A special course that the chef has created just for my wife, which made her feel special lol. The autumn leaves are a nice visual touch. Serving the dish on a tree stump is so cool! There was a mushroom tempura and a mushroom soup with froth to make it look like a cappuccino. The tempura is not oily at all and the batter is very crisp. The soup has so much mushroom flavour!! Yum!

Course 3:  EZO venison tartar

This is essentially a modern version of steak tartar. Instead venison is used and sea urchin, instead of beef and egg. Also comes with a tuile, which was wonderfully thin and crisp, and lots of truffle.  

I was told to mix it all together and enjoy! This was so good, one of the best things I have ever eaten!

 Veg Course 4: Potato and butter

This looks like it is just a whole potato. Of course it is not. The sauce is Gorgonzola and hazlenut. There is also some slices of truffle.

The "potato" is potato purée with butter encased a casing made of bread. Potato and butter are a match made in heaven!

Course 4: Candleholder

This is perhaps the most clever dish I have ever seen. The presentation is brilliant. Looks like a candle...

... But not a candle! The 'candle' is actually a pear sauce with a rosemary petal for the wick. The dish is a foie gras creme brûlée. The aforementioned things are spread on the crisp bread to be enjoyed. The creme brûlée is divine! And how a savoury creme brûlée should taste like lol

Course 5: Breakfast at Takazawa 

I love this dish!! Such playful presentation. It's a slow poached egg with truffle, a prefect combination. This was served in a chicken soup for me and a vegetable stock for my wife. The 'cornflakes' are potato flakes. Absolutely delicious.  

Veg Course 6: Hot Air Balloon

An assortment of vegetables in a creamy sauce. Tastes so good. The bag helps retain all the favors, nothing is lost...

Course 6: Dinner on forest

This is my favorite dish of the night. Loved the presentation. The tree branch is made of cork and looks so cool. The leaves have been torched with a blow torch to give a smokey aroma, like a bush fire...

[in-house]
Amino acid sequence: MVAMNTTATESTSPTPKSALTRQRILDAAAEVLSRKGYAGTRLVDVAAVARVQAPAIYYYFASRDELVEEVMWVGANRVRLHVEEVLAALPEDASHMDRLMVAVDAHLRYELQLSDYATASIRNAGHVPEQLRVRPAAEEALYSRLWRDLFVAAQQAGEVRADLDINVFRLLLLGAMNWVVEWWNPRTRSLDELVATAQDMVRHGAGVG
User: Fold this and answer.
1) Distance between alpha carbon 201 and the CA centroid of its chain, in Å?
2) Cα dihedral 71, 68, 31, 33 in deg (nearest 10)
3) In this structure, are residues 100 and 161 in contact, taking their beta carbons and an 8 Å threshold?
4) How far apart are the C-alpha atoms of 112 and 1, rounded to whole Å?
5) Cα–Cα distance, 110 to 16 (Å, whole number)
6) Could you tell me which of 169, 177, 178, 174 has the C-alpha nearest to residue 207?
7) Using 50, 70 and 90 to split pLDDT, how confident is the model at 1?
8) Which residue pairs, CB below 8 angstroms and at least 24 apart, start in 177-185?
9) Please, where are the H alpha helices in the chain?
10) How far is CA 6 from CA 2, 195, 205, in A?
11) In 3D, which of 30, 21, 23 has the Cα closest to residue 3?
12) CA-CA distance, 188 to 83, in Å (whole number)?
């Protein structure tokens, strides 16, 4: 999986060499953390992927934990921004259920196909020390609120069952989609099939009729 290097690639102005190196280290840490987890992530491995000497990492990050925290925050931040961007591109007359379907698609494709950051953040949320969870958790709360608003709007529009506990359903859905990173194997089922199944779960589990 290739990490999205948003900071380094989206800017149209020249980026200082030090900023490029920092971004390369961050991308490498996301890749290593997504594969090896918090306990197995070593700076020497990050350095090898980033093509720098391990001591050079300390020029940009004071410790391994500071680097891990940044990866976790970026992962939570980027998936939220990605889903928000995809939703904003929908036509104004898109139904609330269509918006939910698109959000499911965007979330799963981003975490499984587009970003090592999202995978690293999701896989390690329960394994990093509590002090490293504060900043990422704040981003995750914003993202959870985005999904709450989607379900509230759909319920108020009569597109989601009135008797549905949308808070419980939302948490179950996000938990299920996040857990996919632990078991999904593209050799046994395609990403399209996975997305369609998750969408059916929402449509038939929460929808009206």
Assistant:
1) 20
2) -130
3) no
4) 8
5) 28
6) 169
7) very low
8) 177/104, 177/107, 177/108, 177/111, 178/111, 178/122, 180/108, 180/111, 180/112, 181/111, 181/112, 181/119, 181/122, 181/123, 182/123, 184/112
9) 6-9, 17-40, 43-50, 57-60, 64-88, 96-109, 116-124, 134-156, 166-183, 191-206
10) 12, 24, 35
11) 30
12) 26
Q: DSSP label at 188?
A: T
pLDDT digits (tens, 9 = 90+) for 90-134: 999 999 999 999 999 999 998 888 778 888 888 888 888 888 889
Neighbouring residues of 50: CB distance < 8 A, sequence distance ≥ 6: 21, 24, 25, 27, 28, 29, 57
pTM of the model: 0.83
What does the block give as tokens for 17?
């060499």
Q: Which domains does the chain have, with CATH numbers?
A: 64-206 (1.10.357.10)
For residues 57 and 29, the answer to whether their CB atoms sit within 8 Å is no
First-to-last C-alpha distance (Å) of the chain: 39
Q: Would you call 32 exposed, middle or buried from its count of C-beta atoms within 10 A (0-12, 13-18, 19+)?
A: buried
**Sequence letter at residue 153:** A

Wagyu beef cooked perfectly rare. So tender and so full of flavor!! Apparently chef has gone all over the country to search for the best Japanese beef. He does not want his beef to be too marbled i.e. fatty, which is what is found in department stores and commonly used by other chefs. Unfortunately I forget which region the beef is from, it's not of the famous ones like Kobe. Maybe Kyushu?

Course 7: Blue Cheese 

Of course this is not really blue cheese, it just looks like it. It is a white chocolate cheese cake with pistachio. It is sooo good, best cheese cake ever!

The cheese cake is served with a palette cleanser, a port granita. Wow! I can certainly taste the alcohol, what a nice palette cleanser!

The fruits are mango and grape and mango, both have been soaked in wine

Amuse bouche
Even the petit fours are absolutely amaaaazing...starting from the right: Hoji tea meringue, chocolate with Japanese chilli and salt, Yuzu marshmallow, kinako (soy flour) cake.
Dining here was such a great experience that I bought the photo book with some beautiful shots of Takazawa's creations over the years. Something that I will treasure.
With a message from the master himself. Thanks to Yoshi and Akiko for such a memorable night and the life changing dining experience!

Highlight: Everything!
Lowlight: Nothing! Everything was perfect. Maybe, the fact that we won't eating here for a while...
Overall: Best meal I have ever had, period. The food here has changed my perspective on dining out completely. No other restaurant I have ever dined at comes close to matching what we experienced at Takazawa. Service here is warm, attentive and not intrusive. Yoshi and Akiko are a perfect team and make dining here an absolute treat! Yes eating here does cost a heck of a lot of money, but I do not feel any regret whatsoever spending every yen we did here. In fact I am definitely going back here next time I am in Tokyo! 10/10